Q.S.O.S. Spotlight

We’re shining today’s Q.S.O.S. Spotlight on a just-posted interview from Cookie Williams of Dundas, Minnesota. In her interview, Cookie shared two quilts she’d made for two generations of men: her husband and her son, both veterans of the US National Guard.


Cookie told interviewer Heidi Rubenstein about designing the quilts, choosing personal and patriotic symbols, and why making a quilt for her son was one of the hardest quilts to make:

“These two quilts are the most special quilts I’ve ever made. The first one I’m going to tell you about I made for my husband. Fifteen years ago he was on the road and he stopped at a quilt store. He asked the storeowner to gather fifty blue fat quarters for me and he gave them to me for my birthday that year. I knew right away that those fifty blue fat quarters were going into a quilt for him. He spent 37 and a half years working for the National Guard as a full time person and I knew that this quilt was going to pertain to that career. I started with Flying Geese. I knew that he was an eagle lover and I actually tried to piece an eagle, and it sort of looked like a lame duck. So then I went to the Flying Geese. At the time for Northfield Quilters we were teaching each other classes and I elected to teach the Flying Geese block, but the hook was you need to bring me back one Flying Geese made in red and I handed the quilt club background fabric. They said ‘well, it won’t be the right color.’ I said ‘I don’t care.’ I did not have enough red in my stash to make this quilt that I had envisioned in my mind. So I got the Flying Geese together and I had red ones and blue ones and I had tried piecing the eagle. That didn’t work, so I thought ‘how about a flag.’ So the next part of the quilt is an American flag done with a Log Cabin pattern. It came together and it was sitting on top of the Flying Geese and I thought, ‘well, we still have to incorporate eagles into this quilt somehow.’ About that time I went to a Minnesota Quilt Show and went to a stencil booth at one of the vendors and they had a stencil for an eagle and I thought, ‘ok, here’s the flag, on either side of the flag we can put a blue sky and I can quilt in the eagles.’ Consequently, two days before my husband’s 70th birthday last March, the 18th of March, I finished that quilt. This past summer I entered that quilt at the Rice County Fair and it won a grand champion ribbon. That quilt took me 15 years to get done so it’s really special.

The other quilt that I’m going to tell you about is titled “Why This Quilt Reminds Me of You.” Our son also belonged to the National Guard. In 2004 he was deployed to Iraq. He was gone a year. It was probably the toughest year we spent as a family. During his deployment I started putting this quilt together and every color in it reminds me of something he has done in his life. There’s red, white and blue, of course. There’s maroon because he was an athlete for Northfield High School and the school colors were maroon and gold. There’s green in there because one of his first jobs was working for his dad’s cousin baling hay. There is a blue cobblestone fabric in this quilt that reminds me of all of the travels he’s done in his life including being deployed to Iraq. It’s a star quilt and the star is because he’s been a real star in our life. The golf fabric is because that is his current hobby. He’s a golfer and he’s pretty good at it. Every fabric that I chose during the piecing of this had something to do with him. In reality, the pattern for this quilt was not a hard pattern. But it was the hardest quilt I’ve ever pieced. So these two are near and dear to my heart. And I’m proud to say that they belong to the guys that they do.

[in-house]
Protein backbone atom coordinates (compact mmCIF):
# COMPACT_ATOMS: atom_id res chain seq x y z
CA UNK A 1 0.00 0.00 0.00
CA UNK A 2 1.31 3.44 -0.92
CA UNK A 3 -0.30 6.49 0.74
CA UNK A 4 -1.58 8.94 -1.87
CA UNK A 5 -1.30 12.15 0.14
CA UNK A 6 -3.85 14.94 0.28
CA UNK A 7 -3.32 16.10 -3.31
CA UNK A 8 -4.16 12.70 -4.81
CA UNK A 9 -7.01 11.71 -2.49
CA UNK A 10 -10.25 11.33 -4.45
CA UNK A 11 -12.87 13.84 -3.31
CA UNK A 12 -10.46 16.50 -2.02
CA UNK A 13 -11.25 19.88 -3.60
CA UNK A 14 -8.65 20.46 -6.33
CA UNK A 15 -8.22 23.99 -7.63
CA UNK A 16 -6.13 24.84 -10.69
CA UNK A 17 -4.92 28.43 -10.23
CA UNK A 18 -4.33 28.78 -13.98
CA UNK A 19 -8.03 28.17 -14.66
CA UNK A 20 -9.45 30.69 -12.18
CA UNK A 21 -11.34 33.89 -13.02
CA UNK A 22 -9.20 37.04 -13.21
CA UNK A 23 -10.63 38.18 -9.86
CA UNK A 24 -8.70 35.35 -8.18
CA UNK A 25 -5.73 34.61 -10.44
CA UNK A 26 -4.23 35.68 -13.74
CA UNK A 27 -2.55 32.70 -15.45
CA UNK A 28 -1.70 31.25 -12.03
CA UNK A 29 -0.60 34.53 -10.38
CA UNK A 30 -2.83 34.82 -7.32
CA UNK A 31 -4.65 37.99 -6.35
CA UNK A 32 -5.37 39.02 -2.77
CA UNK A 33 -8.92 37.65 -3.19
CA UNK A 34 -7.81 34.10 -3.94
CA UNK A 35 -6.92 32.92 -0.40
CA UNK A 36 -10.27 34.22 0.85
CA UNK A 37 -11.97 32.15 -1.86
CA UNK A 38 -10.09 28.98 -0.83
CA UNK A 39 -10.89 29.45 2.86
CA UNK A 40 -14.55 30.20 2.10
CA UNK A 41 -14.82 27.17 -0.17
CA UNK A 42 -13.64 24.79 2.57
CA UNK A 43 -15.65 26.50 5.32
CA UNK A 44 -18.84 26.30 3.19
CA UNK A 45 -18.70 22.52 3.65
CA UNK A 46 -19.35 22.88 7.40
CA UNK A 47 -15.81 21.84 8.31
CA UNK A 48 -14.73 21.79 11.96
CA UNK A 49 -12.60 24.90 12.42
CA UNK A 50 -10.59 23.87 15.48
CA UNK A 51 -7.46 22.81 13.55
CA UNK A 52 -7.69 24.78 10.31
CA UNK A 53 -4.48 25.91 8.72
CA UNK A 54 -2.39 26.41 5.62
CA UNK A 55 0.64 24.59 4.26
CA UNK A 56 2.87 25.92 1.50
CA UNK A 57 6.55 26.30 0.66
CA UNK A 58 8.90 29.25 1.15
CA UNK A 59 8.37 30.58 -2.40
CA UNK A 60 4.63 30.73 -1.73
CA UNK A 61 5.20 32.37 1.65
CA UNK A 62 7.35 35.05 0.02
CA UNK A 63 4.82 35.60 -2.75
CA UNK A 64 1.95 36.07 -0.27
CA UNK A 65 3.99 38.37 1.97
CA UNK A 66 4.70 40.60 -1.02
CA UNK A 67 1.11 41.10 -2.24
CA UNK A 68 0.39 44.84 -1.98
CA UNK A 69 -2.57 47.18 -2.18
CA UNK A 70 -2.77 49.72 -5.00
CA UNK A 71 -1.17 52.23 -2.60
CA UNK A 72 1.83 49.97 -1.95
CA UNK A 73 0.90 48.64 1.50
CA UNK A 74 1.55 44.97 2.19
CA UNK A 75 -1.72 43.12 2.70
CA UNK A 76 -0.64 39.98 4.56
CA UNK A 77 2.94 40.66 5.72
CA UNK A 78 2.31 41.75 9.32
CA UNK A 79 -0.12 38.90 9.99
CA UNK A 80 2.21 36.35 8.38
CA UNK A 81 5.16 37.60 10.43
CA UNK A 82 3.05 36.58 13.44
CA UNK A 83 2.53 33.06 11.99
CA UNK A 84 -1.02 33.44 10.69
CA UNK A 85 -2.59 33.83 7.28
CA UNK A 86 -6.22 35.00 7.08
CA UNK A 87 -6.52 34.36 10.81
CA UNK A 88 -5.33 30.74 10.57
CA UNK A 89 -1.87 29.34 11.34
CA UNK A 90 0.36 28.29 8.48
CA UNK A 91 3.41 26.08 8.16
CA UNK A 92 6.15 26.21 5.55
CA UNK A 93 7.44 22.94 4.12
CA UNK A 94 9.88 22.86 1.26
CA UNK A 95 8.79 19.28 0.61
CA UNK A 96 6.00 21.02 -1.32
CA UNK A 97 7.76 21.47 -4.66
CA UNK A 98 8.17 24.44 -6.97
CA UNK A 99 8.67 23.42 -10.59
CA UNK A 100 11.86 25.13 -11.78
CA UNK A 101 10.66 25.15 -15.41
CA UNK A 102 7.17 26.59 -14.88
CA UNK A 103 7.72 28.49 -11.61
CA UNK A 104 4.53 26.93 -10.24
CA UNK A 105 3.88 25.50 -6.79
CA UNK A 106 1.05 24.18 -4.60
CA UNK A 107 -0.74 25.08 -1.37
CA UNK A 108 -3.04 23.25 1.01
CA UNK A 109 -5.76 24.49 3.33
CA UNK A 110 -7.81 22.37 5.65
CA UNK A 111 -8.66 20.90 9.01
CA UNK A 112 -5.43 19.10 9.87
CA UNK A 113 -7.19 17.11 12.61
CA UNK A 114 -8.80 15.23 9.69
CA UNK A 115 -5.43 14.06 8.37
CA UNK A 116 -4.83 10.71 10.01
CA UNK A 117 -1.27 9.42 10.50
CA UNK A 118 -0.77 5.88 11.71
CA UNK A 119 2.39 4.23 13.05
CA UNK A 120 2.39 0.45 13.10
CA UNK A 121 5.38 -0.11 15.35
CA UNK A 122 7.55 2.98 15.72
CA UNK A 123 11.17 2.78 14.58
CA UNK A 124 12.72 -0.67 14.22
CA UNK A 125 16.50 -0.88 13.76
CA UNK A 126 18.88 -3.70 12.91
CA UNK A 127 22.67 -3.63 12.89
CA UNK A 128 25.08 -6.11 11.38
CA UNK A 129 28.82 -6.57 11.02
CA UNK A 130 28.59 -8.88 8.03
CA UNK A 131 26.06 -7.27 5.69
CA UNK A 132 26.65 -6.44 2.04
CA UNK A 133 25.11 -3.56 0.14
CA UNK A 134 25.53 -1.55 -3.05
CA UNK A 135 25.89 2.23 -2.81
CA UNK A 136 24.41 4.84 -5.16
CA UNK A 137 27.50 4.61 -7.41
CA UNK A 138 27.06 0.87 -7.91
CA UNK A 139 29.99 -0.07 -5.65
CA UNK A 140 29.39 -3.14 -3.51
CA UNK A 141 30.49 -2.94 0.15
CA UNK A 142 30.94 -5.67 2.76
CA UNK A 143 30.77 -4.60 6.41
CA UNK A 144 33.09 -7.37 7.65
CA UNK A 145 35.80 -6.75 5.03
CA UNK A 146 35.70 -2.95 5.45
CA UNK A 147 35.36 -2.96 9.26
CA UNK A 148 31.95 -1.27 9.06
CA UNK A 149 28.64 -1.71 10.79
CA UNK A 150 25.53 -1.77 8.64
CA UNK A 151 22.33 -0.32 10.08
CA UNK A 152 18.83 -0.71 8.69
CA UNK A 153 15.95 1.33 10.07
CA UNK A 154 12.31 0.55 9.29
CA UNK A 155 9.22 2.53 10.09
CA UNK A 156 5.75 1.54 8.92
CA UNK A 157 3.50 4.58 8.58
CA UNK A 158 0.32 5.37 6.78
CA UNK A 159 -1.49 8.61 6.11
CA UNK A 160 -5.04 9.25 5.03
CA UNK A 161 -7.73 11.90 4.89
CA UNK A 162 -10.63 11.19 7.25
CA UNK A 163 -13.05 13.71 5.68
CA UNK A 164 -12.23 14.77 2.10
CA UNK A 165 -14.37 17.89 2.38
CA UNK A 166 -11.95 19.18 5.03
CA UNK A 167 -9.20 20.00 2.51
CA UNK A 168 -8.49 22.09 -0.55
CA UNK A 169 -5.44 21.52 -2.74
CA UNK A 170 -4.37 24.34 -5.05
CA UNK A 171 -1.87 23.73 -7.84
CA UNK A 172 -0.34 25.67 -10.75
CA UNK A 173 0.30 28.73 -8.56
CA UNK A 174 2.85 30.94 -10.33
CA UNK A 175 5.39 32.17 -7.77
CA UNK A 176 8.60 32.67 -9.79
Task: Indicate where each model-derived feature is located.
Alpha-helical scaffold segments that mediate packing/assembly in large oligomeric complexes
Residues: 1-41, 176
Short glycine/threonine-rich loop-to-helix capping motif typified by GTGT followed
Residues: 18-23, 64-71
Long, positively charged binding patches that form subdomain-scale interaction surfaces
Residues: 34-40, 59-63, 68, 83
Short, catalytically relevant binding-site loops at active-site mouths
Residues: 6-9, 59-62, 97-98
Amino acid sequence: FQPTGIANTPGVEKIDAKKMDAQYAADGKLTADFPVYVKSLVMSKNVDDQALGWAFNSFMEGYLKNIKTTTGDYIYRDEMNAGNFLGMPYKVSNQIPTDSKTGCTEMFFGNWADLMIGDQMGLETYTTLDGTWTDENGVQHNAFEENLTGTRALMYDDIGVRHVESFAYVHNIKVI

HR: So the first one was Flying Geese and Log Cabin. You designed it yourself?

CW: I designed that quilt. There’s not a pattern out that I know of with these elements. The process of making a quilt for me, for these two in particular, when I decided to put the flag on blue sky, well I had some blue sky fabric, but I didn’t like it, so then it was a few months down the road and we travelled somewhere and we went into a quilt store up north and there was the blue sky fabric that I had envisioned in my mind. Usually when I make a quilt and give it away I will ask the person that I’m giving it to ‘what’s your favorite color?’ But these two quilts are exactly what I designed from the bottom of my heart with every ounce of design element in my body that I could garner up. Every emotion that these quilts evoke, the other 200 plus quilts that I’ve done do not equate what these two mean to me. They are special quilts for special guys.”

You can also read more stories about quilts and their makers at the Quilters’ S.O.S.- Save Our Stories page on the Quilt Alliance’s site.


Posted by Emma Parker
Project Manager,  Quilters’ S.O.S.- Save Our Stories

This entry was posted in Q.S.O.S. Spotlight, Uncategorized by quiltalliance. Bookmark the permalink.

About quiltalliance

The Quilt Alliance is a nonprofit 501c3 organization established in 1993 whose mission is to document, preserve, and share our International quilt heritage by collecting the rich stories that historic and contemporary quilts, and their makers, tell about our nation's diverse peoples and their communities. In support of this mission, the Alliance brings together quilt makers and designers, the quilt industry, quilt scholars and teachers, and quilt collectors to further the following goals: To promote the understanding of the quilt as an important grassroots art form. To make information about quilts available to a broad public. To educate the public about the importance of documenting quilts and quiltmakers so that their stories will not be lost.

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